The College of Engineering and Tech Launch Arizona recognized 20 inventors for their hard work, creativity and courage at the first annual Patent Medallion Luncheon in early March. The engineers received medallions to commemorate their patented inventions — which ranged from a quantum-analogue computer to a cancer detection device to a technique to improve hypersonic flight.
Betsy Cantwell, senior vice president for research and innovation at the University of Arizona, said it takes courage to pursue entrepreneurship and go beyond what is traditionally expected of faculty members.
“[You are] adding to the plate that one of the things you want to do with your research is to have a different kind of impact,” she said. “That is a flavor of courage we are looking to support. … Thank you all for being courageous, whether you know it or not.”
With 82 invention disclosures, 95 patents filed and 25 patents issued in FY 2021, the College of Engineering is a leader at the University of Arizona in invention disclosures and patents. In its 2021 Annual Report, TLA noted that the College of Engineering was a standout in number of Asset Development awards and amount of total funding received to help advance early-stage inventions.
Doug Hockstad, assistant vice president of Tech Launch Arizona, thanked the inventors for their part in bringing the university to No. 28 in the world among universities granted U.S. utility patents. The position marks an 11-point jump from the previous year and a 38-point jump from the year prior.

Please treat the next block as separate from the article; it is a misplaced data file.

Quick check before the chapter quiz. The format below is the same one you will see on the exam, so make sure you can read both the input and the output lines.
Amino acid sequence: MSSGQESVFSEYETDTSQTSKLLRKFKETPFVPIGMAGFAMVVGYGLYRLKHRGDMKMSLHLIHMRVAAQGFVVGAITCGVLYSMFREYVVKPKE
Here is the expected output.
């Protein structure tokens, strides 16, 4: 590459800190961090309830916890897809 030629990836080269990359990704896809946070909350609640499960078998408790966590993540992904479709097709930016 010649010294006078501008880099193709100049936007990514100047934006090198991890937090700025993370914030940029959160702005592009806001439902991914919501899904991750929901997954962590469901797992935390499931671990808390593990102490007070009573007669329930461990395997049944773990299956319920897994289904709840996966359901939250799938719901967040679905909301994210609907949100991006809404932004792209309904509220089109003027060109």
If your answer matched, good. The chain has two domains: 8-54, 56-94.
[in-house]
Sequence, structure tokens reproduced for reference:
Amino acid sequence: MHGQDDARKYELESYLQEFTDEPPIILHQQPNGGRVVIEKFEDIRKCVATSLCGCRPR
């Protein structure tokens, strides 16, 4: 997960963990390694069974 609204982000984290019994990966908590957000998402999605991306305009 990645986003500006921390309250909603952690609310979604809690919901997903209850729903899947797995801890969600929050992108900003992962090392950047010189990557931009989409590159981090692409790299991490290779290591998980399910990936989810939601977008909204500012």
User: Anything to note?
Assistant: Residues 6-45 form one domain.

“I’m very proud that our college is so innovative,” said David Hahn, Craig M. Berge Dean of the College of Engineering. “It’s certainly something that I value immensely. It’s about putting inventions out into the world and into the market. That’s impact, and that’s what engineers do.”
University of Arizona Provost Liesl Folks, Associate Dean for Research in the College of Engineering Mark Van Dyke, and Tech Launch Arizona Director of Licensing Rakhi Gibbons also spoke at the event.
The following faculty members received their medallions.
Aerospace and Mechanical Engineering
Hermann Fasel – Control of Hypersonic Boundary Layer Transition
Peiwen Li – Desalination of Water Using Thermal Energy
Arthur Gmitro – Dithered Fiber-Bundle High-Resolution Imager
Jennifer Koevary – Cardiac Electrophysiological Mapping
Urs Utzinger (fellow inventor Jennifer Barton already received her medallion) – Falloposcope and Method for Ovarian Cancer Detection
Jeong-Yeol Yoon – Droplet Actuation Inhibition Relief and Sensing and Device and Method for Performing a Diagnostic Test
Chemical and Environmental Engineering
Dominic Gervasio – Process for Leaching Metal and Storing Energy and High Temperature Reference Electrode
Electrical and Computer Engineering
Ali Bilgin – Tissue Characterization with Volume Correction
Tamal Bose, Min Liang, Michael Marefat and Hao Xin – Cognitive HF Radio With Tuned Compact Antenna
Wolfgang Fink and Mark Tarbell - Handheld Ophthalmic Examination Devices
Marwan Krunz – Preamble Waveforms to Support Wireless Networks and Fast Beam Sweeping in 5G Millimeter Wave
Mining and Geological Engineering
Jinhong Zhang – Fly Ash Based Construction Material
Materials Science and Engineering
Pierre Deymier and Keith Runge – Quantum Analogue Computer
Douglas Loy – Dihydropyridazine-Based Antioxidants and Antioxidant Polymer Foams and Uses Thereof
Pamela Vandiver and Douglas Loy - Coumarin-Modified Epoxy Adhesives